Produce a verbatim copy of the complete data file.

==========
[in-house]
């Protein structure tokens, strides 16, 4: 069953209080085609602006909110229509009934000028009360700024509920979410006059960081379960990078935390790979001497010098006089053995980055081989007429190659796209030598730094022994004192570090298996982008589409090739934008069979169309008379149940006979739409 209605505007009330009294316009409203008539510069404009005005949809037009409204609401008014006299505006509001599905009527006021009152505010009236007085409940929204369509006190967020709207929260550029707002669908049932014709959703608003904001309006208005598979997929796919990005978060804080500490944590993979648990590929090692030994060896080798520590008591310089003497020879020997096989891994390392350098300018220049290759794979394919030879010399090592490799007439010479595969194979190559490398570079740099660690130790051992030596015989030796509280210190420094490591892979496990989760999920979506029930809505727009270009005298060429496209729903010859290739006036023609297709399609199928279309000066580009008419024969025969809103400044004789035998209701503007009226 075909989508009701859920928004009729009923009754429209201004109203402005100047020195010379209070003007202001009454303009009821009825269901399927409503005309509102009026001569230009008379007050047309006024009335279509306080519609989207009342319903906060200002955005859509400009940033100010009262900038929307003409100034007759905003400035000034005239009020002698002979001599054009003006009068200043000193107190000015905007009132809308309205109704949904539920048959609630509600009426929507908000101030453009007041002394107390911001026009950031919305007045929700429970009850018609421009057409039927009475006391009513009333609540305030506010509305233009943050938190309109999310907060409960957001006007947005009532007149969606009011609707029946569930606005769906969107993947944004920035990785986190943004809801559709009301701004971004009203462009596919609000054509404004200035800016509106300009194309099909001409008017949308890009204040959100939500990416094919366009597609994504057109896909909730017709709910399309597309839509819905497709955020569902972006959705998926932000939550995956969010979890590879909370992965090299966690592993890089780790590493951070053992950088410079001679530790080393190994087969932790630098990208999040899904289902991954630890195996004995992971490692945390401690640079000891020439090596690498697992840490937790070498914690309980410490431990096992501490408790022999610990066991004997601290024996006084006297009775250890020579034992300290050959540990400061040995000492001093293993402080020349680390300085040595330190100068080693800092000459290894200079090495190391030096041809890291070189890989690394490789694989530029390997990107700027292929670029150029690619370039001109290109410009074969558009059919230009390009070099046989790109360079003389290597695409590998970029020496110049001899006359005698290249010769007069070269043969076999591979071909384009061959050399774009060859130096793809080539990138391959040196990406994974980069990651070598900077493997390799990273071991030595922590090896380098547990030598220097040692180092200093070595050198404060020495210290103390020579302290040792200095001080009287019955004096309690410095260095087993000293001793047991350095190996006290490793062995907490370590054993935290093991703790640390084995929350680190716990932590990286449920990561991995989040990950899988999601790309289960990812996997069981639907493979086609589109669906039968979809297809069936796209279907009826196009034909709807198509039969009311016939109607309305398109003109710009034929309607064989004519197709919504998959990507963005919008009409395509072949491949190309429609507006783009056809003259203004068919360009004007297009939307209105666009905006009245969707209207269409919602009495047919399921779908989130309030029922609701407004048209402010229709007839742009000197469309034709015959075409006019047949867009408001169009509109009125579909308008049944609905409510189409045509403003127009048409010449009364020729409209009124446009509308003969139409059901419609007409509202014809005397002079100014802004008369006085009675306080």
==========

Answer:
[in-house]
């Protein structure tokens, strides 16, 4: 069953209080085609602006909110229509009934000028009360700024509920979410006059960081379960990078935390790979001497010098006089053995980055081989007429190659796209030598730094022994004192570090298996982008589409090739934008069979169309008379149940006979739409 209605505007009330009294316009409203008539510069404009005005949809037009409204609401008014006299505006509001599905009527006021009152505010009236007085409940929204369509006190967020709207929260550029707002669908049932014709959703608003904001309006208005598979997929796919990005978060804080500490944590993979648990590929090692030994060896080798520590008591310089003497020879020997096989891994390392350098300018220049290759794979394919030879010399090592490799007439010479595969194979190559490398570079740099660690130790051992030596015989030796509280210190420094490591892979496990989760999920979506029930809505727009270009005298060429496209729903010859290739006036023609297709399609199928279309000066580009008419024969025969809103400044004789035998209701503007009226 075909989508009701859920928004009729009923009754429209201004109203402005100047020195010379209070003007202001009454303009009821009825269901399927409503005309509102009026001569230009008379007050047309006024009335279509306080519609989207009342319903906060200002955005859509400009940033100010009262900038929307003409100034007759905003400035000034005239009020002698002979001599054009003006009068200043000193107190000015905007009132809308309205109704949904539920048959609630509600009426929507908000101030453009007041002394107390911001026009950031919305007045929700429970009850018609421009057409039927009475006391009513009333609540305030506010509305233009943050938190309109999310907060409960957001006007947005009532007149969606009011609707029946569930606005769906969107993947944004920035990785986190943004809801559709009301701004971004009203462009596919609000054509404004200035800016509106300009194309099909001409008017949308890009204040959100939500990416094919366009597609994504057109896909909730017709709910399309597309839509819905497709955020569902972006959705998926932000939550995956969010979890590879909370992965090299966690592993890089780790590493951070053992950088410079001679530790080393190994087969932790630098990208999040899904289902991954630890195996004995992971490692945390401690640079000891020439090596690498697992840490937790070498914690309980410490431990096992501490408790022999610990066991004997601290024996006084006297009775250890020579034992300290050959540990400061040995000492001093293993402080020349680390300085040595330190100068080693800092000459290894200079090495190391030096041809890291070189890989690394490789694989530029390997990107700027292929670029150029690619370039001109290109410009074969558009059919230009390009070099046989790109360079003389290597695409590998970029020496110049001899006359005698290249010769007069070269043969076999591979071909384009061959050399774009060859130096793809080539990138391959040196990406994974980069990651070598900077493997390799990273071991030595922590090896380098547990030598220097040692180092200093070595050198404060020495210290103390020579302290040792200095001080009287019955004096309690410095260095087993000293001793047991350095190996006290490793062995907490370590054993935290093991703790640390084995929350680190716990932590990286449920990561991995989040990950899988999601790309289960990812996997069981639907493979086609589109669906039968979809297809069936796209279907009826196009034909709807198509039969009311016939109607309305398109003109710009034929309607064989004519197709919504998959990507963005919008009409395509072949491949190309429609507006783009056809003259203004068919360009004007297009939307209105666009905006009245969707209207269409919602009495047919399921779908989130309030029922609701407004048209402010229709007839742009000197469309034709015959075409006019047949867009408001169009509109009125579909308008049944609905409510189409045509403003127009048409010449009364020729409209009124446009509308003969139409059901419609007409509202014809005397002079100014802004008369006085009675306080």